The question I’m left with, then, is about the future. IF companies, and investors, and startups, all move on from the current phase into the next phase…what does that next phase look like? Some guesses:
Modern cloud data platforms have solid customer counts, but if you look inside of a given large company you’ll likely find that only a modest % of all of their workloads are in the cloud. The number of companies that have 95% of their data workloads still on-prem is quite high. Or 95% of their data pipelines still flowing through technologies that were created 30 years ago. It is very common for cloud migration projects to start off with small, targeted investments. Over the past few years, the scale-out part of the project has paused to wait for budget. This will re-accelerate.
Additionally, there are huge user populations that are simply unaddressed by centralized data platforms today, left to fend for themselves in the land of “shadow IT”. This is bad for users, and it’s now untenably risky for companies given heightened data security challenges and compliance requirements. Expect these users to join the party.
The pace of org change picks up.
Slapping new technologies onto existing org structures is like taking electric motors and putting them inside of factories designed around steam: it produces very modest impact. In order to truly benefit from new technology, you need to re-shape your organization around it.
We’ve done this inside of our G&A function. Our operations for everything from finance to accounting to IT has massively changed in the past couple of years as we’ve made deep investments in automating the traditionally-manual processes involved in these back-office functions. We’ve re-shaped our team around this new reality.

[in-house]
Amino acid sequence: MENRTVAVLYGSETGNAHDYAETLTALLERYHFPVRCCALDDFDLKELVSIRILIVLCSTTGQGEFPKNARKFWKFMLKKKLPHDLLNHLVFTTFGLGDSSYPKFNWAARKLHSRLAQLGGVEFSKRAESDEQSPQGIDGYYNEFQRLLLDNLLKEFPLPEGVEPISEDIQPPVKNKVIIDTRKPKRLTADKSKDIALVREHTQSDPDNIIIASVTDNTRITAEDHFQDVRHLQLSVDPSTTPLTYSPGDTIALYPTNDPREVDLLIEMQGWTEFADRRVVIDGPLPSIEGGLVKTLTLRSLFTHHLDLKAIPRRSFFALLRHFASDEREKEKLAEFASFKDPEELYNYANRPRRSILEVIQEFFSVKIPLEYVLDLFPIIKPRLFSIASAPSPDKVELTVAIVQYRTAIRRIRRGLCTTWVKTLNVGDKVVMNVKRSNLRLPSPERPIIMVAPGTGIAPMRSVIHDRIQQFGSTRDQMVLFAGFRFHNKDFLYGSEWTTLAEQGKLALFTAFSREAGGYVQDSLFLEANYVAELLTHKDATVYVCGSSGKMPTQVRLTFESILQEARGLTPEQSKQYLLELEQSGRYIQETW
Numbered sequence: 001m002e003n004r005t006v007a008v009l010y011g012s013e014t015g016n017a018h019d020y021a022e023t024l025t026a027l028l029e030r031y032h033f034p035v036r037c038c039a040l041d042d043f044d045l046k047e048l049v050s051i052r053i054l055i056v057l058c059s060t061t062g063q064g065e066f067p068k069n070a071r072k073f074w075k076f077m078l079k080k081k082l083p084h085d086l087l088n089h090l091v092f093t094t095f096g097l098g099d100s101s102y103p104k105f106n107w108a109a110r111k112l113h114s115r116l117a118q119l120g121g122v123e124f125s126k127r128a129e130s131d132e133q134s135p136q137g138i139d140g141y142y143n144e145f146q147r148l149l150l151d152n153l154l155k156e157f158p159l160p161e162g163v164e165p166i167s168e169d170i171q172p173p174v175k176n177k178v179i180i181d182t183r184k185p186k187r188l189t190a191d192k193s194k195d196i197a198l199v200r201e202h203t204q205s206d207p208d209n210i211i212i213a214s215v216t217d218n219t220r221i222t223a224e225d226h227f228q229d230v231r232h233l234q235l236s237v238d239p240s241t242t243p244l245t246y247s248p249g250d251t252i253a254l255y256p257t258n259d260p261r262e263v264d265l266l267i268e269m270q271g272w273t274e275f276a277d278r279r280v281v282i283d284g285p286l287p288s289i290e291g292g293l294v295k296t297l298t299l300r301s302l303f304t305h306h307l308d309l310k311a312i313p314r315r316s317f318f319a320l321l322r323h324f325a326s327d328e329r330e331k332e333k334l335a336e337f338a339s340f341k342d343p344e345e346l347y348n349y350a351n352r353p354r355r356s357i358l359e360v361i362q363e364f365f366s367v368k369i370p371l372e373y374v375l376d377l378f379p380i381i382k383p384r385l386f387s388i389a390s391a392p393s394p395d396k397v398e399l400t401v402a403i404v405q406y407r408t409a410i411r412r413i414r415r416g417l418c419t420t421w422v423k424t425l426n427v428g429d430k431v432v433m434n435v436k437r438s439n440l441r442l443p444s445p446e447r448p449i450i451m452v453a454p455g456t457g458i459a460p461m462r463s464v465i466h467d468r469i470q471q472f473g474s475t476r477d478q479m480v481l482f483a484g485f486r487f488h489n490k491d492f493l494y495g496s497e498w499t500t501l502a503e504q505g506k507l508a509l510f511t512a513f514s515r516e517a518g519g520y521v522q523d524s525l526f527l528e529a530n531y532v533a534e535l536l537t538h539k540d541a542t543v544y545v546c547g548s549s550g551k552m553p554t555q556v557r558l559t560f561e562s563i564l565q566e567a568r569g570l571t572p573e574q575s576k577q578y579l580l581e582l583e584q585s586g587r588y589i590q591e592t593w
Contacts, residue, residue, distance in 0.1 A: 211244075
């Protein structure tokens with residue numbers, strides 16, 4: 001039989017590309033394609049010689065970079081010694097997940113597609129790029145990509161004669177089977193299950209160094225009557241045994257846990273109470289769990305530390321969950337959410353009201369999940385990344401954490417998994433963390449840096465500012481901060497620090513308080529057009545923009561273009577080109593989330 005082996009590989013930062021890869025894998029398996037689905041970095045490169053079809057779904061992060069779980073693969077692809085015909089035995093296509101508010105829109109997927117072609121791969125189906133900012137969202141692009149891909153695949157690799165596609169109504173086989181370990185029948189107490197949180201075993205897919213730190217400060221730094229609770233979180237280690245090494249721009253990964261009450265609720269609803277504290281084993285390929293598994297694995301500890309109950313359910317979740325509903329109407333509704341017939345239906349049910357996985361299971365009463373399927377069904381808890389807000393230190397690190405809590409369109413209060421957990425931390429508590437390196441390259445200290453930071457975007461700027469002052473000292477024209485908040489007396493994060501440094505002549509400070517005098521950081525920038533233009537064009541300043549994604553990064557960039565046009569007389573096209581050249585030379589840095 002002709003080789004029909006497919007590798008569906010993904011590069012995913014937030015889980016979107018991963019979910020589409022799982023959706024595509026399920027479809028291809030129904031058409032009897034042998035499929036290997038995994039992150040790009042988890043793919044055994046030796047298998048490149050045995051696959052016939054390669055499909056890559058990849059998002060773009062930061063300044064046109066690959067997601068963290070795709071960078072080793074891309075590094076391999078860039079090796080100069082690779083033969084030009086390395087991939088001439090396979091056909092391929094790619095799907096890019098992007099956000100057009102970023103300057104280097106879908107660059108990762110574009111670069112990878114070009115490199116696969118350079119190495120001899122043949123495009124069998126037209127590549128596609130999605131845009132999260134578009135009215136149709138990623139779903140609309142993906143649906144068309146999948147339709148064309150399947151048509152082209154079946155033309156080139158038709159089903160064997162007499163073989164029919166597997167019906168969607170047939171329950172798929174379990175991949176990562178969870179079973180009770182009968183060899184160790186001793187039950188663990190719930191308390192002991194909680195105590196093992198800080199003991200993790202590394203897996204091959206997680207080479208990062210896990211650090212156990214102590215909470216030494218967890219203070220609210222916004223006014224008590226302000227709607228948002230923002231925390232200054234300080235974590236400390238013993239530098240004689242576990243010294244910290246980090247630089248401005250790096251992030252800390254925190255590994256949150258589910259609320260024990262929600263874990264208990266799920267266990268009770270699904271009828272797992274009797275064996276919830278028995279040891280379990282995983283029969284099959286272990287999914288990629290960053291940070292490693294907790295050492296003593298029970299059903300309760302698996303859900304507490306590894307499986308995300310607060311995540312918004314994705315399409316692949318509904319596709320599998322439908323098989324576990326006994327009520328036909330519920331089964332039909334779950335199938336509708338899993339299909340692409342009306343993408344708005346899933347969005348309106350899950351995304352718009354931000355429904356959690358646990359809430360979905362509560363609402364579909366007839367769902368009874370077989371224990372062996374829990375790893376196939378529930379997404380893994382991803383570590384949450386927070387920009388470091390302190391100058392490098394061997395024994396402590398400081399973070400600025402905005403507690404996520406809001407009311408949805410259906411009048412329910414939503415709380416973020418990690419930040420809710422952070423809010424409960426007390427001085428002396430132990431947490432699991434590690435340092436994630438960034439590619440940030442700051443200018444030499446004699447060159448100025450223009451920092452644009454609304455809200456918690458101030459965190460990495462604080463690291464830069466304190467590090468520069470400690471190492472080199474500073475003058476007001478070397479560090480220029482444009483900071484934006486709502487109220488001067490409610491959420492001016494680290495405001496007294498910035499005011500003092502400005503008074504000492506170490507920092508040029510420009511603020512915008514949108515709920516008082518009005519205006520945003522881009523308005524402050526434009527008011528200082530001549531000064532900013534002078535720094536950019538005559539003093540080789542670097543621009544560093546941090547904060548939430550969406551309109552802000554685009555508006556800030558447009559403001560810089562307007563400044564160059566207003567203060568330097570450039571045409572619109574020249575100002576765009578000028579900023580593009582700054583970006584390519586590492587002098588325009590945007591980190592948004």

From my viewpoint, the industry is quite immature along this dimension. But this is exactly the work of the deployment phase, and it’s work that will start to reaccelerate as organizations look towards the future again.
For a long time, data teams were constantly trying out new things. This made sense: a few new technologies had made massive improvements in productivity, and teams were looking for that next big uplift. But cuts to tooling budgets and reduced team sizes meant that experimentation was put on the back burner and teams executed with the tools and approaches they had.
My anticipation would be that a new environment will contain a modest but healthy amount of experimentation around tools. Some of these areas will likely be AI-enabled, including codegen for data pipelines and conversational analytical interfaces. Others will be focused around ideas that the industry has had for a little while but haven’t yet had their moment.
My mental model for this new world, should we be fortunate enough to find ourselves in it, is not a return to the ‘frenzy’ phase of 2020-2021. Instead, it’s the deployment phase. Practitioners putting technology to work, getting the real productivity benefits from it, and continuing to find adjacent technologies that help unlock the benefits of the core underlying platform.
The deployment phase is where most of the benefits of disruptive technologies actually show up. Widespread usage and system-level adaptation bring technologies previously reserved for early-adopters to the economy as a whole.
Of course, I have to close by saying: there are a million ways that we could get knocked off the path we seem to be on at the moment. And all of my default assumptions going into 2024 remain conservative. The above is not investment advice, it’s a thought experiment.
But still. I do think this data is pointing to something real, and I think we should keep our eyes open.